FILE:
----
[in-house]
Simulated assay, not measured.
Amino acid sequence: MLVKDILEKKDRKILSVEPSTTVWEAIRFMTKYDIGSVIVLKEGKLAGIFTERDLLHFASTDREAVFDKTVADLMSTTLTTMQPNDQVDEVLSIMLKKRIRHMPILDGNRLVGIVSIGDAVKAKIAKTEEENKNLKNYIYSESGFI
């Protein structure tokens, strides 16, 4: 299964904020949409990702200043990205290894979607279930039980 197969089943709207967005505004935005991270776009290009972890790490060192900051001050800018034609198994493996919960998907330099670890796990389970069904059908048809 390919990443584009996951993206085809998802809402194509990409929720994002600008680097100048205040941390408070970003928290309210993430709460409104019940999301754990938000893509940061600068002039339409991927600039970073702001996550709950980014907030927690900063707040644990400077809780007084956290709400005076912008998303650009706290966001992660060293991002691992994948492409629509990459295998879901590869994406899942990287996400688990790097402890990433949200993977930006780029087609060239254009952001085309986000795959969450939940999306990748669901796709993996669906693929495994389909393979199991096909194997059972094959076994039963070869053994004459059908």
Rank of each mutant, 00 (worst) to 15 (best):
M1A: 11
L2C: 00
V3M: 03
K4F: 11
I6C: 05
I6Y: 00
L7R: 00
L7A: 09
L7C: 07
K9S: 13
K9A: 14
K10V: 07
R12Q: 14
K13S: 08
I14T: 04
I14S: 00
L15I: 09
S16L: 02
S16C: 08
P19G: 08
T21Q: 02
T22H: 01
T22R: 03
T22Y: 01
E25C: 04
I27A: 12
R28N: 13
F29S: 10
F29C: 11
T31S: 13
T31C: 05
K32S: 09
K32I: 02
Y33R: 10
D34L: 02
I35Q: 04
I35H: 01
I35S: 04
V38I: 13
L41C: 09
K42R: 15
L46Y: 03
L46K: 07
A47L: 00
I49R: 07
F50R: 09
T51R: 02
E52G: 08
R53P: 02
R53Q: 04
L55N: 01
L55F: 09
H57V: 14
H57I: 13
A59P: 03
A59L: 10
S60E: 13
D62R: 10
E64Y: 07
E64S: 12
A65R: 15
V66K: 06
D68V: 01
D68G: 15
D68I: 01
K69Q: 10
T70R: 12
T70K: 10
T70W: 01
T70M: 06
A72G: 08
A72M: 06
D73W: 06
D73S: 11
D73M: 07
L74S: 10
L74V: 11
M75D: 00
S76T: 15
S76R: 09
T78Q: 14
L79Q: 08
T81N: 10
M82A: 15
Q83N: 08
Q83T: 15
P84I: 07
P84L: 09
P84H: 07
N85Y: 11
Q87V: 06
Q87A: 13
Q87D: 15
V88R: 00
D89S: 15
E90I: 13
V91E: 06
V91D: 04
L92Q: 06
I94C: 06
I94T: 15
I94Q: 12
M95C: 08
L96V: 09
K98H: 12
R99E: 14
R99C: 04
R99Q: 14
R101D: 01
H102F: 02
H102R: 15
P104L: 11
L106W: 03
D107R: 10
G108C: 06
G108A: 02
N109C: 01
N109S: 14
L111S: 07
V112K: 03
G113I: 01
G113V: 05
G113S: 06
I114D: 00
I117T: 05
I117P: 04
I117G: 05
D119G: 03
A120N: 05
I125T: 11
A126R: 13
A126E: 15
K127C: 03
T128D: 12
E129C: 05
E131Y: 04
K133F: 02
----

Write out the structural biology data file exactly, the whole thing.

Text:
[in-house]
Simulated assay, not measured.
Amino acid sequence: MLVKDILEKKDRKILSVEPSTTVWEAIRFMTKYDIGSVIVLKEGKLAGIFTERDLLHFASTDREAVFDKTVADLMSTTLTTMQPNDQVDEVLSIMLKKRIRHMPILDGNRLVGIVSIGDAVKAKIAKTEEENKNLKNYIYSESGFI
């Protein structure tokens, strides 16, 4: 299964904020949409990702200043990205290894979607279930039980 197969089943709207967005505004935005991270776009290009972890790490060192900051001050800018034609198994493996919960998907330099670890796990389970069904059908048809 390919990443584009996951993206085809998802809402194509990409929720994002600008680097100048205040941390408070970003928290309210993430709460409104019940999301754990938000893509940061600068002039339409991927600039970073702001996550709950980014907030927690900063707040644990400077809780007084956290709400005076912008998303650009706290966001992660060293991002691992994948492409629509990459295998879901590869994406899942990287996400688990790097402890990433949200993977930006780029087609060239254009952001085309986000795959969450939940999306990748669901796709993996669906693929495994389909393979199991096909194997059972094959076994039963070869053994004459059908």
Rank of each mutant, 00 (worst) to 15 (best):
M1A: 11
L2C: 00
V3M: 03
K4F: 11
I6C: 05
I6Y: 00
L7R: 00
L7A: 09
L7C: 07
K9S: 13
K9A: 14
K10V: 07
R12Q: 14
K13S: 08
I14T: 04
I14S: 00
L15I: 09
S16L: 02
S16C: 08
P19G: 08
T21Q: 02
T22H: 01
T22R: 03
T22Y: 01
E25C: 04
I27A: 12
R28N: 13
F29S: 10
F29C: 11
T31S: 13
T31C: 05
K32S: 09
K32I: 02
Y33R: 10
D34L: 02
I35Q: 04
I35H: 01
I35S: 04
V38I: 13
L41C: 09
K42R: 15
L46Y: 03
L46K: 07
A47L: 00
I49R: 07
F50R: 09
T51R: 02
E52G: 08
R53P: 02
R53Q: 04
L55N: 01
L55F: 09
H57V: 14
H57I: 13
A59P: 03
A59L: 10
S60E: 13
D62R: 10
E64Y: 07
E64S: 12
A65R: 15
V66K: 06
D68V: 01
D68G: 15
D68I: 01
K69Q: 10
T70R: 12
T70K: 10
T70W: 01
T70M: 06
A72G: 08
A72M: 06
D73W: 06
D73S: 11
D73M: 07
L74S: 10
L74V: 11
M75D: 00
S76T: 15
S76R: 09
T78Q: 14
L79Q: 08
T81N: 10
M82A: 15
Q83N: 08
Q83T: 15
P84I: 07
P84L: 09
P84H: 07
N85Y: 11
Q87V: 06
Q87A: 13
Q87D: 15
V88R: 00
D89S: 15
E90I: 13
V91E: 06
V91D: 04
L92Q: 06
I94C: 06
I94T: 15
I94Q: 12
M95C: 08
L96V: 09
K98H: 12
R99E: 14
R99C: 04
R99Q: 14
R101D: 01
H102F: 02
H102R: 15
P104L: 11
L106W: 03
D107R: 10
G108C: 06
G108A: 02
N109C: 01
N109S: 14
L111S: 07
V112K: 03
G113I: 01
G113V: 05
G113S: 06
I114D: 00
I117T: 05
I117P: 04
I117G: 05
D119G: 03
A120N: 05
I125T: 11
A126R: 13
A126E: 15
K127C: 03
T128D: 12
E129C: 05
E131Y: 04
K133F: 02